In this second part of the season postmortem, we will examine the first half (nine games) of the SEC conference season, which began with the Mississippi St. Bulldogs in Rupp Arena and ended with the Ole Miss Rebels, also in Lexington. This was doubtless the best part of the conference season, and also arguably the easiest given that Florida appeared twice in the second half.
The mood of the Wildcats coming into SEC play had to be upbeat. They had defeated Louisville, and by doing so slain the dragon of having no significant non-conference victories. I suspect that both the team and Coach Cal were very relieved to get that monkey off their collective back. Coming out of the Louisville game, it seemed that the Wildcats were very close to becoming a strong team, and we cited some statistical support for that:
Kentucky's team defense was remarkable. Holding this Louisville team to 66 points is very good. The bottom line is that Kentucky absolutely played defense — hard. For the first time all season.
In retrospect, I should have been more alarmed about the 18.6% turnover percentage in the non-conference season, which was littered with more weak teams than strong ones. It was my thinking at the time that this was a learning curve, and that Kentucky was okay at that point. In retrospect, that looks like a misguided conclusion.
Looking back, we also should have been more concerned at the difficulty the Harrison twins were having with smaller guards, in transition particularly. That was a harbinger of much more difficulty to follow.
The home schedule
Home games for this half of the season were Mississippi St., Tennessee, Texas A&M, Georgia and Ole Miss. Kentucky managed a perfect record against the visitors with the closest one being fellow Elite Eight member Tennessee. None of the home games were particularly remarkable in this half of the schedule other than perhaps the last game of the first half against Ole Miss, where Kentucky had their best offensive performance of the SEC season. That game saw Kentucky shoot over 60% from 2-point range for the game. As it turns out, that game would be the last time Kentucky visited a 125+ offensive efficiency until the NCAA Tournament.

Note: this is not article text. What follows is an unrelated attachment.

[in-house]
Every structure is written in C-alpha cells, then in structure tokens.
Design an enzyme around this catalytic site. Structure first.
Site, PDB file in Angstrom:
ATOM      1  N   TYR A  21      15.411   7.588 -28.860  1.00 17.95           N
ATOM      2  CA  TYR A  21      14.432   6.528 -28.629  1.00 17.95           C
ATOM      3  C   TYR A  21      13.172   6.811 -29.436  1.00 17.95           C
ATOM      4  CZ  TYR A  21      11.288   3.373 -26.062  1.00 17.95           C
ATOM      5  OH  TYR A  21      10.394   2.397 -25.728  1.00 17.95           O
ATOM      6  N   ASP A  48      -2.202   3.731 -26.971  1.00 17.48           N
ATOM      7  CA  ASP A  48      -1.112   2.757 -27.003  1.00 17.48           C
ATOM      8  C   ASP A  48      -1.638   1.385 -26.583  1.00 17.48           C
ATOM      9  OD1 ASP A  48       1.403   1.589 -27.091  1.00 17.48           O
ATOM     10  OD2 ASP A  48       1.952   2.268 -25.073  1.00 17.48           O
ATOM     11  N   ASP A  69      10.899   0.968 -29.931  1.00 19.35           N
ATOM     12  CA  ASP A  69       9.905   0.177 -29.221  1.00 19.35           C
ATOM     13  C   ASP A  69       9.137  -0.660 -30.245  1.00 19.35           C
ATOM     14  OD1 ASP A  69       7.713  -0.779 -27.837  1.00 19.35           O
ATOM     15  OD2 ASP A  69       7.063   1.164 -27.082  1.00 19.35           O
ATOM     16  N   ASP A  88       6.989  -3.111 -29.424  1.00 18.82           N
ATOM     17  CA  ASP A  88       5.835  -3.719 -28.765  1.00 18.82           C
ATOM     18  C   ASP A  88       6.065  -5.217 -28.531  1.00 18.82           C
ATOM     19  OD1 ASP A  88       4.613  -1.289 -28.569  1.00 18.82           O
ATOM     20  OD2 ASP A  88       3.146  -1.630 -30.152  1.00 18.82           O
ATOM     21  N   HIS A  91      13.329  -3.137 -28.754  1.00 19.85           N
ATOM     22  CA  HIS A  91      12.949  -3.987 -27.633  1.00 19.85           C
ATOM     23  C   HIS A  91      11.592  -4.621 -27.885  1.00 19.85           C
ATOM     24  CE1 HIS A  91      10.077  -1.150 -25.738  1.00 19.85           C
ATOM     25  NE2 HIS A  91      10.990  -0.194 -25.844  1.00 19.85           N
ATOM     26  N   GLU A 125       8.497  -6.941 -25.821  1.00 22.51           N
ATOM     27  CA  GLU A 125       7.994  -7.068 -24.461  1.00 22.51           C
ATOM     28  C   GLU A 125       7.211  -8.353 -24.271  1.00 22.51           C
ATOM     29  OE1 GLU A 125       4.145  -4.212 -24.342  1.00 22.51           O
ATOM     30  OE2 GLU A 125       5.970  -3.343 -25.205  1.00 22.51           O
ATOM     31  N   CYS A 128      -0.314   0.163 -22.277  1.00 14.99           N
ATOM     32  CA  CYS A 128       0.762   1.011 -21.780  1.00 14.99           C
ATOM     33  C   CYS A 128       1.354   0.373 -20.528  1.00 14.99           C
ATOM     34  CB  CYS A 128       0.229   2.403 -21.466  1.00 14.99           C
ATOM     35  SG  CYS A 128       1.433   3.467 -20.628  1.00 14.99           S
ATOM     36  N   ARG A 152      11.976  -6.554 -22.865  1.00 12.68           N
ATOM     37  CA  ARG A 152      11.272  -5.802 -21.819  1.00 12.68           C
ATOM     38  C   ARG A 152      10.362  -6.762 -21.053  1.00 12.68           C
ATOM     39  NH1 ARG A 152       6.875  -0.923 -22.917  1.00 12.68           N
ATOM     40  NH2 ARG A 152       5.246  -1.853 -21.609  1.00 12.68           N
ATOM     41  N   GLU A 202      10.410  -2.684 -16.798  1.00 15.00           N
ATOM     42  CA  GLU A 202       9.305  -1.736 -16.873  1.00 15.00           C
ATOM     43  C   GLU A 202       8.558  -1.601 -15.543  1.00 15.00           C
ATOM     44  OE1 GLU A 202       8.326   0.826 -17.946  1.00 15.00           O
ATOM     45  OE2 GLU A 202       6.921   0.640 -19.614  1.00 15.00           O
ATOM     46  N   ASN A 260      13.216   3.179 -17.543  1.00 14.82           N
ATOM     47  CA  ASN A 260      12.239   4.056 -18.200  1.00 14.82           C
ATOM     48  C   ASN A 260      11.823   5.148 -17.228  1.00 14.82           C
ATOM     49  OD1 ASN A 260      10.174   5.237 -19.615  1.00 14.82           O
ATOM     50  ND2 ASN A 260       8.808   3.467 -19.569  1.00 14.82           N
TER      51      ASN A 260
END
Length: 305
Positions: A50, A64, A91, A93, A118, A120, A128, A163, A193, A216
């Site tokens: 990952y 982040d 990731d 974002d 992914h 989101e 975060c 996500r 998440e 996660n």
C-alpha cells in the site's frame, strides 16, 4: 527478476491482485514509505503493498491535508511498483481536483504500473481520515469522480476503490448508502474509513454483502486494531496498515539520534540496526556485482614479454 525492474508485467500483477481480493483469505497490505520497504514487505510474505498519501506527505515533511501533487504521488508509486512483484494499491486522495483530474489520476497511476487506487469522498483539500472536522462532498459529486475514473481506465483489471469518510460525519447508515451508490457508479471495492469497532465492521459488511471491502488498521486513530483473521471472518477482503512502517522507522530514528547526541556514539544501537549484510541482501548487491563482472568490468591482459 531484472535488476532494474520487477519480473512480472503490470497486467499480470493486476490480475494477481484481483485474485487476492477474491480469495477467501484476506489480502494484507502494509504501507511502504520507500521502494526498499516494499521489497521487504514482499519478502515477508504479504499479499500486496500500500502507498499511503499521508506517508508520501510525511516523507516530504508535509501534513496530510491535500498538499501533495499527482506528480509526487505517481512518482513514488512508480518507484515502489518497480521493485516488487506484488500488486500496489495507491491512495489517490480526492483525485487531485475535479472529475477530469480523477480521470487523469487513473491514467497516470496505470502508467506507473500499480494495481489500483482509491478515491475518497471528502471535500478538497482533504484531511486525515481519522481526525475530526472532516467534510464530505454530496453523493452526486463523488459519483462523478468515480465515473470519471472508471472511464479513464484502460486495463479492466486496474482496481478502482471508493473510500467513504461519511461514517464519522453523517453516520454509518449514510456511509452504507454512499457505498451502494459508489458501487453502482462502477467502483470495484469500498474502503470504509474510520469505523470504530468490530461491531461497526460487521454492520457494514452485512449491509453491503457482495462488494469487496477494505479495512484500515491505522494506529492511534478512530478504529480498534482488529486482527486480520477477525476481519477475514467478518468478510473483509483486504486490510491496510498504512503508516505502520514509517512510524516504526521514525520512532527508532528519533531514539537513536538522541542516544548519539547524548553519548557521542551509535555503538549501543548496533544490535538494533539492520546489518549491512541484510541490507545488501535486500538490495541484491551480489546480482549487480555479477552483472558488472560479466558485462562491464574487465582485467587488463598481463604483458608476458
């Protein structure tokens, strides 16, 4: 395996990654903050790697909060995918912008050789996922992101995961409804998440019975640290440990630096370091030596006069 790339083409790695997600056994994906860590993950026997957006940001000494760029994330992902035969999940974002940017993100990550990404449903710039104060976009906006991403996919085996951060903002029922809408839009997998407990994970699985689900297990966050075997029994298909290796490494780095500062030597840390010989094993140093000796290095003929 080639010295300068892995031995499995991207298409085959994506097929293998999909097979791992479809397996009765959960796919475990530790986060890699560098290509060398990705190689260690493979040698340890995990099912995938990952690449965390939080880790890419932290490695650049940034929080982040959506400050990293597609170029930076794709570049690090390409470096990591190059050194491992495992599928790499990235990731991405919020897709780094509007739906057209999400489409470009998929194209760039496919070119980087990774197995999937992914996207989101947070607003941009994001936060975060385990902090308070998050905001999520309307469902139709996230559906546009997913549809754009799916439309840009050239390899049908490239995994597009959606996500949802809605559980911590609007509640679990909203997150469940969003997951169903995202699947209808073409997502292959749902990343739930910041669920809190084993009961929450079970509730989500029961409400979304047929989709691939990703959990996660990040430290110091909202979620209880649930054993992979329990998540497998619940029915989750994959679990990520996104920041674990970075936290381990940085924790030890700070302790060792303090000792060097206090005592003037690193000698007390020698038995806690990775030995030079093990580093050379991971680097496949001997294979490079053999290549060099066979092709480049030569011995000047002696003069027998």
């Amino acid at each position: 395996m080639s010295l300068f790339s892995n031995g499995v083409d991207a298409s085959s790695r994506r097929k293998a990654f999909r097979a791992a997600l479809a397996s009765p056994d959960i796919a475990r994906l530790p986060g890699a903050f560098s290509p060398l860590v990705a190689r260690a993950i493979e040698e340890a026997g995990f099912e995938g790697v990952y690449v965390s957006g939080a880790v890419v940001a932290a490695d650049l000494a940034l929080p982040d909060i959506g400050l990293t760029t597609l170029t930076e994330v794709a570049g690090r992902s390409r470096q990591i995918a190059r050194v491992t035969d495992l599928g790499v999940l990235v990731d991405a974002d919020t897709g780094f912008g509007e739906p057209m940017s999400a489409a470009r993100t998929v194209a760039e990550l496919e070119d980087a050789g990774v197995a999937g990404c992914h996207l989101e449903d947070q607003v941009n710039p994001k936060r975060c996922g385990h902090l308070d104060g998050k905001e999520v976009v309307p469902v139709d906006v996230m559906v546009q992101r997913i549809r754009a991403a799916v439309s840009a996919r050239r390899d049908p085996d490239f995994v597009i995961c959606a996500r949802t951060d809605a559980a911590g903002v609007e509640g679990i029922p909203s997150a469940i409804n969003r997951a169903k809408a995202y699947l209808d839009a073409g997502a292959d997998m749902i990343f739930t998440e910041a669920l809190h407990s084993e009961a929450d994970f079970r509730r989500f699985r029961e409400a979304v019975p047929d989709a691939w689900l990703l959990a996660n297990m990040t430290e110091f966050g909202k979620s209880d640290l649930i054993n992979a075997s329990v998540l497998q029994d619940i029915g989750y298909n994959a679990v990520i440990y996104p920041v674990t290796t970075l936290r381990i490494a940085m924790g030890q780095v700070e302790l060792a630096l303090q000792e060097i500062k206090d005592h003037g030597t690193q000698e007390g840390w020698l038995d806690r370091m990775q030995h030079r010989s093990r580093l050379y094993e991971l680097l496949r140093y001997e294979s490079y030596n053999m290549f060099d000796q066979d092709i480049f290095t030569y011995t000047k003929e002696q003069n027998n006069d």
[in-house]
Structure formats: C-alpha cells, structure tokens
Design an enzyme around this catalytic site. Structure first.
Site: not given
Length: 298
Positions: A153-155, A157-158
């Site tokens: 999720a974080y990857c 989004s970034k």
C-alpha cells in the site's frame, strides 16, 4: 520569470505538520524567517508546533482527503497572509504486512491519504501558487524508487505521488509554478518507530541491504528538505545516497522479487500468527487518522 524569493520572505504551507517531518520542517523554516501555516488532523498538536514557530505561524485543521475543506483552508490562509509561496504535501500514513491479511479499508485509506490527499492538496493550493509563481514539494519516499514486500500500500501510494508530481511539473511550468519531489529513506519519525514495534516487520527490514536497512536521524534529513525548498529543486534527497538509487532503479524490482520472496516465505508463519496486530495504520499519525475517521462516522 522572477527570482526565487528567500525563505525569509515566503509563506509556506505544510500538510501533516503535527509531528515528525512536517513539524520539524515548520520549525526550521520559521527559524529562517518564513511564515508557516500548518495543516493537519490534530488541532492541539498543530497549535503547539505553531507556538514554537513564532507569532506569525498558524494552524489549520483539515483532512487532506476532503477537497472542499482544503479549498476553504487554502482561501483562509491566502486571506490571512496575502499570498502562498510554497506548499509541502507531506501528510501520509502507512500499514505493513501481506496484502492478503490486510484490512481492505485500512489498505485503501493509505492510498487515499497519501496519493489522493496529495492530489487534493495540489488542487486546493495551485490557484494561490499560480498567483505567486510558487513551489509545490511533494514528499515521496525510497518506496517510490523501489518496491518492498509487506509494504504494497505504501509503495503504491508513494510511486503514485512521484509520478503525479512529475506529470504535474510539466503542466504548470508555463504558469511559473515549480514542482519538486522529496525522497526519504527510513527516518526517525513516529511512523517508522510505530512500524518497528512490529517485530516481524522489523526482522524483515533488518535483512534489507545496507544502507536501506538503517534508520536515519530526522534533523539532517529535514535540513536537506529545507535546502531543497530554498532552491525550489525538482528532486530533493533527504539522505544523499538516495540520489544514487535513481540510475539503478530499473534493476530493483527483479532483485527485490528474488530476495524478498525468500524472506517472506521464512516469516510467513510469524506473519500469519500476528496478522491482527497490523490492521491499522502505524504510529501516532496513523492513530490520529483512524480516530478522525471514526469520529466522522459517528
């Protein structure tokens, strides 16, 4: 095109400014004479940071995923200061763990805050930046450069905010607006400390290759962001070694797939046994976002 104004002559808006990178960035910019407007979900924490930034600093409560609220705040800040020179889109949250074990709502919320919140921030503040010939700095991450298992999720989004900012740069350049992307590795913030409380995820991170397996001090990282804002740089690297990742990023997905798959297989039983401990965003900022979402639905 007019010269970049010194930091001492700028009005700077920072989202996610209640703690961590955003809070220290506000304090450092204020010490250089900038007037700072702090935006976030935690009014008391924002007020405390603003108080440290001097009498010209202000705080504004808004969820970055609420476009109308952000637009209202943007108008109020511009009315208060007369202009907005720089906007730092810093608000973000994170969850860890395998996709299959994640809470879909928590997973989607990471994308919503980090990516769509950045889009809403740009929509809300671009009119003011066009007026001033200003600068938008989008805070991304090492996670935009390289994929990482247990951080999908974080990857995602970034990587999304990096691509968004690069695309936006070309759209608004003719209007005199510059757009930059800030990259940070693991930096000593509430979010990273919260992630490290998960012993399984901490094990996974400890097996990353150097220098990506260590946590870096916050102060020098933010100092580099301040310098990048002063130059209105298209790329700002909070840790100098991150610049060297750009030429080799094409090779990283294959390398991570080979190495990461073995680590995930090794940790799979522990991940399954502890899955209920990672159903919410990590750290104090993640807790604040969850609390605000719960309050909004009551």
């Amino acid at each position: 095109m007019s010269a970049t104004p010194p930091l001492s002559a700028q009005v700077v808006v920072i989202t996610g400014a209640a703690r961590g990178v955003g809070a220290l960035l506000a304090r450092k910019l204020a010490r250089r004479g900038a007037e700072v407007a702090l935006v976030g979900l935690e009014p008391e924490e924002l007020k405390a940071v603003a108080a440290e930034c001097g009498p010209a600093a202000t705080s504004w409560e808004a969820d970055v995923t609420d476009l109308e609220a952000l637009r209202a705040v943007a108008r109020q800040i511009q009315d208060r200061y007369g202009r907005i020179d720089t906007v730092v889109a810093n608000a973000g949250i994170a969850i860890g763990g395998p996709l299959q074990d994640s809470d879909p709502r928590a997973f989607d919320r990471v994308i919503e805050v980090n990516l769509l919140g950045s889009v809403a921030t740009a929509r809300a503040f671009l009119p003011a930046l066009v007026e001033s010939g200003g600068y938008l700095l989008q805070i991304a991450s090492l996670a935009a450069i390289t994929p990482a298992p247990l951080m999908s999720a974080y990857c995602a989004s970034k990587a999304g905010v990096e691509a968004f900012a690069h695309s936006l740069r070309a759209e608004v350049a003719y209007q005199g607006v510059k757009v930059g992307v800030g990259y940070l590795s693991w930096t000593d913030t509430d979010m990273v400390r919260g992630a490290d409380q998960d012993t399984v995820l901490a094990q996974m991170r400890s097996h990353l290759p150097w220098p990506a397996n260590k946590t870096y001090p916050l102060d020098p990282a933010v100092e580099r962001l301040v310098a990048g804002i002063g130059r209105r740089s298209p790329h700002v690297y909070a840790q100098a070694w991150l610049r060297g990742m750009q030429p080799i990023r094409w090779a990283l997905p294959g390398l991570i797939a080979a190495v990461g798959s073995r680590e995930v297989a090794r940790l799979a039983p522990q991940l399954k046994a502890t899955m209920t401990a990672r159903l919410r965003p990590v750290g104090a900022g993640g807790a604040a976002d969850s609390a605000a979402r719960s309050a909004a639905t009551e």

In a way, the home portion of the first half was fairly comfortable. The Wildcats kept turnovers under control, going over 20% TO's only once, against Texas A&M. Rupp Arena was it's familiar, comforting self, producing little drama in mostly comfortable wins. The closest Kentucky came to serious drama was versus the Tennessee Volunteers in the first half, where Kentucky went in only up two. In the second half, the Wildcats took the lead for good early in the half and never relinquished it. There were a few anxious moments near the end, but mostly, Kentucky won that game comfortably enough.
The road, as it turns out was a different story.
The away schedule
Road games in the SEC are always tough, regardless of what the league looks like on paper. Coaches in the SEC do a good job of game-planning for their foes, and as more and more tape becomes available, that gets easier and easier, particularly for a team like Kentucky that almost always brings a very simplistic game plan — try to out-athlete and out-skill your opponent. This season, SEC teams did a fantastic job of exploiting their home-court advantage, and as a result, Kentucky went 2-2 on the road in the first half of the season, which isn't really bad in the SEC. In the last five seasons, other than in 2012 when they were undefeated in the SEC regular season, Kentucky has lost at least one game on the road out of the first nine.
In fact, Kentucky has lost two or more games in three out of the five seasons that John Calipari has been at Kentucky: 2011, 2013 and 2014. The SEC early season has always been a bit difficult for his younger teams to manage, particularly on the road. They predictably tend to do better as they get more experience.